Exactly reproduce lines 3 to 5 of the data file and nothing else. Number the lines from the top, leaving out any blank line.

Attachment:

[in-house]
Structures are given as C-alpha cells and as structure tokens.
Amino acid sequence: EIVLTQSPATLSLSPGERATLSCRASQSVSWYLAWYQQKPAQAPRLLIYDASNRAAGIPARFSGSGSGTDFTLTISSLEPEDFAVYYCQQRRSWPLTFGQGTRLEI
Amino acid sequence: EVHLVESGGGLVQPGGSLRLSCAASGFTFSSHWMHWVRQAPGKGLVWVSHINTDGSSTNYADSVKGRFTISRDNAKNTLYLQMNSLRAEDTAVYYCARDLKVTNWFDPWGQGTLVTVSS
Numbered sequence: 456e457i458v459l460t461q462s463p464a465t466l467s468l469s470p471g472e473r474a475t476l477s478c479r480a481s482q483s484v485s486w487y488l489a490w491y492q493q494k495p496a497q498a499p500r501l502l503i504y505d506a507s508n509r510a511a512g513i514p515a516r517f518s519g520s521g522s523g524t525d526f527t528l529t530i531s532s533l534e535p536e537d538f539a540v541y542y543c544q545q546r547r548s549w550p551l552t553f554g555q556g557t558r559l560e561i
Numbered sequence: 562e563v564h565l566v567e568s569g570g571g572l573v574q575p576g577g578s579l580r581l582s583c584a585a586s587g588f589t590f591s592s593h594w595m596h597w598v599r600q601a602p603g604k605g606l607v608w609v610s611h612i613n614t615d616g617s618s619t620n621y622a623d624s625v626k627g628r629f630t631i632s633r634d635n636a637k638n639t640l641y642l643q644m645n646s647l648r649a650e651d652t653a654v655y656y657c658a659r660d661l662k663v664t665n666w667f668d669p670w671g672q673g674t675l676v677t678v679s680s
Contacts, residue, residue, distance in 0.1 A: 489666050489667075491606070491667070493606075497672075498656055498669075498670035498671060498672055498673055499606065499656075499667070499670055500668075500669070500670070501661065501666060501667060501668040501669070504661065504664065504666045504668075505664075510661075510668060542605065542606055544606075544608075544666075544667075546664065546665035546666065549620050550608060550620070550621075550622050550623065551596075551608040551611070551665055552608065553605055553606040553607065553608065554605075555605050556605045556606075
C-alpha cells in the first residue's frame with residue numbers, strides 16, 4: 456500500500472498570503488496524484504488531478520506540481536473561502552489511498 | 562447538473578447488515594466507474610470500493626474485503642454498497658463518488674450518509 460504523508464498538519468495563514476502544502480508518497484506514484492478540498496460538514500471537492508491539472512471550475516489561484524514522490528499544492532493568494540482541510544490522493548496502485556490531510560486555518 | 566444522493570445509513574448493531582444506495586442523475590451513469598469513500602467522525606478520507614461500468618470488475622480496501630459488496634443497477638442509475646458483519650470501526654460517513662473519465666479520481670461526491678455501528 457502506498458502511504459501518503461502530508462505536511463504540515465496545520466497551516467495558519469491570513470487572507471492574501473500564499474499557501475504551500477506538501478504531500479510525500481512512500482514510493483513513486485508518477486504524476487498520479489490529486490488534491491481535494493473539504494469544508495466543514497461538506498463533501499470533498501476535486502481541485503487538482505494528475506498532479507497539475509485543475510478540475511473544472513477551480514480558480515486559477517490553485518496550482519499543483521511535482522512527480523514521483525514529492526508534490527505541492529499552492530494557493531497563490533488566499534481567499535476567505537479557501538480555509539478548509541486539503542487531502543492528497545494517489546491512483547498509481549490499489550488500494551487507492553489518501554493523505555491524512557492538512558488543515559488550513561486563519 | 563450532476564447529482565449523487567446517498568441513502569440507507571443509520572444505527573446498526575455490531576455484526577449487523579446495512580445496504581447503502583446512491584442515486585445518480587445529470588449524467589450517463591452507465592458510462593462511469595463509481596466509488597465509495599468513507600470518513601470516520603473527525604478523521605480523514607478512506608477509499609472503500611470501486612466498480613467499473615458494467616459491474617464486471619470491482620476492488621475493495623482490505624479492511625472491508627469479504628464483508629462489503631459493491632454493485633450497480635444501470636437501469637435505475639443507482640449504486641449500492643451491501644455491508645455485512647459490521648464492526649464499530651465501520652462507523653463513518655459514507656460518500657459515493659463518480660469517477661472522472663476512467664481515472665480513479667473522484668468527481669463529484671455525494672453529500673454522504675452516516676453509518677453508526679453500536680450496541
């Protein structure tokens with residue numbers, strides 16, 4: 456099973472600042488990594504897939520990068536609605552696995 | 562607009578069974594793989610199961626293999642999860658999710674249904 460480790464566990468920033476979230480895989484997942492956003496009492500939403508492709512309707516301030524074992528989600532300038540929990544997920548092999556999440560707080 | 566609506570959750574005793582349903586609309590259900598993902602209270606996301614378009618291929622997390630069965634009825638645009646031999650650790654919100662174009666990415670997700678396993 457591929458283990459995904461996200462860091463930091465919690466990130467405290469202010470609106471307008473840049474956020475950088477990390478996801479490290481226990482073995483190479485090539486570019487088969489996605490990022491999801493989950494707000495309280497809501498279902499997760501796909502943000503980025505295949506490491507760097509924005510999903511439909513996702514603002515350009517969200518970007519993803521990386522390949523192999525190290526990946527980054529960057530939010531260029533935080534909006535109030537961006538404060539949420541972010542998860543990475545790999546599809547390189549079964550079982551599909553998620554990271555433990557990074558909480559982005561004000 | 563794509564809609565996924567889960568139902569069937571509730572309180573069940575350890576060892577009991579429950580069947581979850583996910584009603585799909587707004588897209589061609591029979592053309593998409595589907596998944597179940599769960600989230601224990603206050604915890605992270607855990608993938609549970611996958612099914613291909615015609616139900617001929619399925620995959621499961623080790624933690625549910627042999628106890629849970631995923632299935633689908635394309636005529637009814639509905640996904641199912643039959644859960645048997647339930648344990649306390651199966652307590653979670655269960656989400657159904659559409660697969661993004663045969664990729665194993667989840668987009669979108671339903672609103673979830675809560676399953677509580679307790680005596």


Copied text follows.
Amino acid sequence: EIVLTQSPATLSLSPGERATLSCRASQSVSWYLAWYQQKPAQAPRLLIYDASNRAAGIPARFSGSGSGTDFTLTISSLEPEDFAVYYCQQRRSWPLTFGQGTRLEI
Amino acid sequence: EVHLVESGGGLVQPGGSLRLSCAASGFTFSSHWMHWVRQAPGKGLVWVSHINTDGSSTNYADSVKGRFTISRDNAKNTLYLQMNSLRAEDTAVYYCARDLKVTNWFDPWGQGTLVTVSS
Numbered sequence: 456e457i458v459l460t461q462s463p464a465t466l467s468l469s470p471g472e473r474a475t476l477s478c479r480a481s482q483s484v485s486w487y488l489a490w491y492q493q494k495p496a497q498a499p500r501l502l503i504y505d506a507s508n509r510a511a512g513i514p515a516r517f518s519g520s521g522s523g524t525d526f527t528l529t530i531s532s533l534e535p536e537d538f539a540v541y542y543c544q545q546r547r548s549w550p551l552t553f554g555q556g557t558r559l560e561i